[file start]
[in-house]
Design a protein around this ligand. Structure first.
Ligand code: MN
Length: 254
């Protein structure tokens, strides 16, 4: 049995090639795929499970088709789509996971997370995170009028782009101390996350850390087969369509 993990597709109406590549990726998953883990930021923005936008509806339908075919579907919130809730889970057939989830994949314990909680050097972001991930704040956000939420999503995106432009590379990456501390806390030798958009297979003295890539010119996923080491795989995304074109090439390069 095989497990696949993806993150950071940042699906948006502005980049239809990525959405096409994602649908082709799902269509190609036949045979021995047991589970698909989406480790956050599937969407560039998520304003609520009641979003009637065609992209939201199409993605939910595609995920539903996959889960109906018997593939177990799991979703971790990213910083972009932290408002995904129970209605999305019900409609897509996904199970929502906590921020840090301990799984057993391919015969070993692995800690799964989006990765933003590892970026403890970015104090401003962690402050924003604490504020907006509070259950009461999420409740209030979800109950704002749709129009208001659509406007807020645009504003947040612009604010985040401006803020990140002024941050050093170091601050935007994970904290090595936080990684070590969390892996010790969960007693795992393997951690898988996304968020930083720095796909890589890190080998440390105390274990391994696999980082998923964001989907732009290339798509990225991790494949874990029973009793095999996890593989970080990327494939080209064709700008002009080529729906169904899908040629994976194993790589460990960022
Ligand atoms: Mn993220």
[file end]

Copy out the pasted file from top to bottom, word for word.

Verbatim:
[in-house]
Design a protein around this ligand. Structure first.
Ligand code: MN
Length: 254
């Protein structure tokens, strides 16, 4: 049995090639795929499970088709789509996971997370995170009028782009101390996350850390087969369509 993990597709109406590549990726998953883990930021923005936008509806339908075919579907919130809730889970057939989830994949314990909680050097972001991930704040956000939420999503995106432009590379990456501390806390030798958009297979003295890539010119996923080491795989995304074109090439390069 095989497990696949993806993150950071940042699906948006502005980049239809990525959405096409994602649908082709799902269509190609036949045979021995047991589970698909989406480790956050599937969407560039998520304003609520009641979003009637065609992209939201199409993605939910595609995920539903996959889960109906018997593939177990799991979703971790990213910083972009932290408002995904129970209605999305019900409609897509996904199970929502906590921020840090301990799984057993391919015969070993692995800690799964989006990765933003590892970026403890970015104090401003962690402050924003604490504020907006509070259950009461999420409740209030979800109950704002749709129009208001659509406007807020645009504003947040612009604010985040401006803020990140002024941050050093170091601050935007994970904290090595936080990684070590969390892996010790969960007693795992393997951690898988996304968020930083720095796909890589890190080998440390105390274990391994696999980082998923964001989907732009290339798509990225991790494949874990029973009793095999996890593989970080990327494939080209064709700008002009080529729906169904899908040629994976194993790589460990960022
Ligand atoms: Mn993220």